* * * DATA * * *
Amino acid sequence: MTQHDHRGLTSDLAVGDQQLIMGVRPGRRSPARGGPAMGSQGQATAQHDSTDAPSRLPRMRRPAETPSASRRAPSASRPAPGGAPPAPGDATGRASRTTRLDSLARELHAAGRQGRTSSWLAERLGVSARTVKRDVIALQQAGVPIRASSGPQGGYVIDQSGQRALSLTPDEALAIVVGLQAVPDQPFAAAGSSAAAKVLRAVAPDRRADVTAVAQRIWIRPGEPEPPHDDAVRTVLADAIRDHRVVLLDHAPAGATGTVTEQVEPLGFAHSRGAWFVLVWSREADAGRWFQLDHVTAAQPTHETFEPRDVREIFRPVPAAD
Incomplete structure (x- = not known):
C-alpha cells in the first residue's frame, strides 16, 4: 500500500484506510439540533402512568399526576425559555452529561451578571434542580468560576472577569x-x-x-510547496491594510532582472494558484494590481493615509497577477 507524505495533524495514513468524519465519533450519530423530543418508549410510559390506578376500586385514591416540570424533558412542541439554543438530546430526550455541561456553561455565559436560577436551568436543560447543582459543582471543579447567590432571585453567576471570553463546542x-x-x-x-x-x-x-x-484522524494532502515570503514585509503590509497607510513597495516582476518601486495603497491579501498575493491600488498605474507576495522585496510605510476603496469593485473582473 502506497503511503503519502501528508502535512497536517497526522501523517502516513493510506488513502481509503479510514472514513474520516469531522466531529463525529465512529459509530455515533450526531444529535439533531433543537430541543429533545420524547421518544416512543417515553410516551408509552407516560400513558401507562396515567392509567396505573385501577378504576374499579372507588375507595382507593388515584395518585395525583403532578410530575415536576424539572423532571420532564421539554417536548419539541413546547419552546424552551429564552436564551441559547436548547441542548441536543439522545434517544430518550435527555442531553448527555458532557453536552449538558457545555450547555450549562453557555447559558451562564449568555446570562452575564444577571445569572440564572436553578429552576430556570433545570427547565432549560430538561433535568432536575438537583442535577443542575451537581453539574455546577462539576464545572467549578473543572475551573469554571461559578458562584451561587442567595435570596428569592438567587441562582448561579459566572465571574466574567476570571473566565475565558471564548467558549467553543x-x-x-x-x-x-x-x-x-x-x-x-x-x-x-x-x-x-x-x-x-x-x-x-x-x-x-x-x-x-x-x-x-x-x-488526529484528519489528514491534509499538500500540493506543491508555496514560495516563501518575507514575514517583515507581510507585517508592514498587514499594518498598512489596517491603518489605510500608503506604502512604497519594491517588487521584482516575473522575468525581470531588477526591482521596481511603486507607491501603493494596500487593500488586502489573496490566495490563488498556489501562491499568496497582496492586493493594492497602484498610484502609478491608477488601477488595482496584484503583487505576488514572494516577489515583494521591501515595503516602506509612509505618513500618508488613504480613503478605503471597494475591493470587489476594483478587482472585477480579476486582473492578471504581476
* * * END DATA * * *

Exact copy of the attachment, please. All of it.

Amino acid sequence: MTQHDHRGLTSDLAVGDQQLIMGVRPGRRSPARGGPAMGSQGQATAQHDSTDAPSRLPRMRRPAETPSASRRAPSASRPAPGGAPPAPGDATGRASRTTRLDSLARELHAAGRQGRTSSWLAERLGVSARTVKRDVIALQQAGVPIRASSGPQGGYVIDQSGQRALSLTPDEALAIVVGLQAVPDQPFAAAGSSAAAKVLRAVAPDRRADVTAVAQRIWIRPGEPEPPHDDAVRTVLADAIRDHRVVLLDHAPAGATGTVTEQVEPLGFAHSRGAWFVLVWSREADAGRWFQLDHVTAAQPTHETFEPRDVREIFRPVPAAD
Incomplete structure (x- = not known):
C-alpha cells in the first residue's frame, strides 16, 4: 500500500484506510439540533402512568399526576425559555452529561451578571434542580468560576472577569x-x-x-510547496491594510532582472494558484494590481493615509497577477 507524505495533524495514513468524519465519533450519530423530543418508549410510559390506578376500586385514591416540570424533558412542541439554543438530546430526550455541561456553561455565559436560577436551568436543560447543582459543582471543579447567590432571585453567576471570553463546542x-x-x-x-x-x-x-x-484522524494532502515570503514585509503590509497607510513597495516582476518601486495603497491579501498575493491600488498605474507576495522585496510605510476603496469593485473582473 502506497503511503503519502501528508502535512497536517497526522501523517502516513493510506488513502481509503479510514472514513474520516469531522466531529463525529465512529459509530455515533450526531444529535439533531433543537430541543429533545420524547421518544416512543417515553410516551408509552407516560400513558401507562396515567392509567396505573385501577378504576374499579372507588375507595382507593388515584395518585395525583403532578410530575415536576424539572423532571420532564421539554417536548419539541413546547419552546424552551429564552436564551441559547436548547441542548441536543439522545434517544430518550435527555442531553448527555458532557453536552449538558457545555450547555450549562453557555447559558451562564449568555446570562452575564444577571445569572440564572436553578429552576430556570433545570427547565432549560430538561433535568432536575438537583442535577443542575451537581453539574455546577462539576464545572467549578473543572475551573469554571461559578458562584451561587442567595435570596428569592438567587441562582448561579459566572465571574466574567476570571473566565475565558471564548467558549467553543x-x-x-x-x-x-x-x-x-x-x-x-x-x-x-x-x-x-x-x-x-x-x-x-x-x-x-x-x-x-x-x-x-x-x-488526529484528519489528514491534509499538500500540493506543491508555496514560495516563501518575507514575514517583515507581510507585517508592514498587514499594518498598512489596517491603518489605510500608503506604502512604497519594491517588487521584482516575473522575468525581470531588477526591482521596481511603486507607491501603493494596500487593500488586502489573496490566495490563488498556489501562491499568496497582496492586493493594492497602484498610484502609478491608477488601477488595482496584484503583487505576488514572494516577489515583494521591501515595503516602506509612509505618513500618508488613504480613503478605503471597494475591493470587489476594483478587482472585477480579476486582473492578471504581476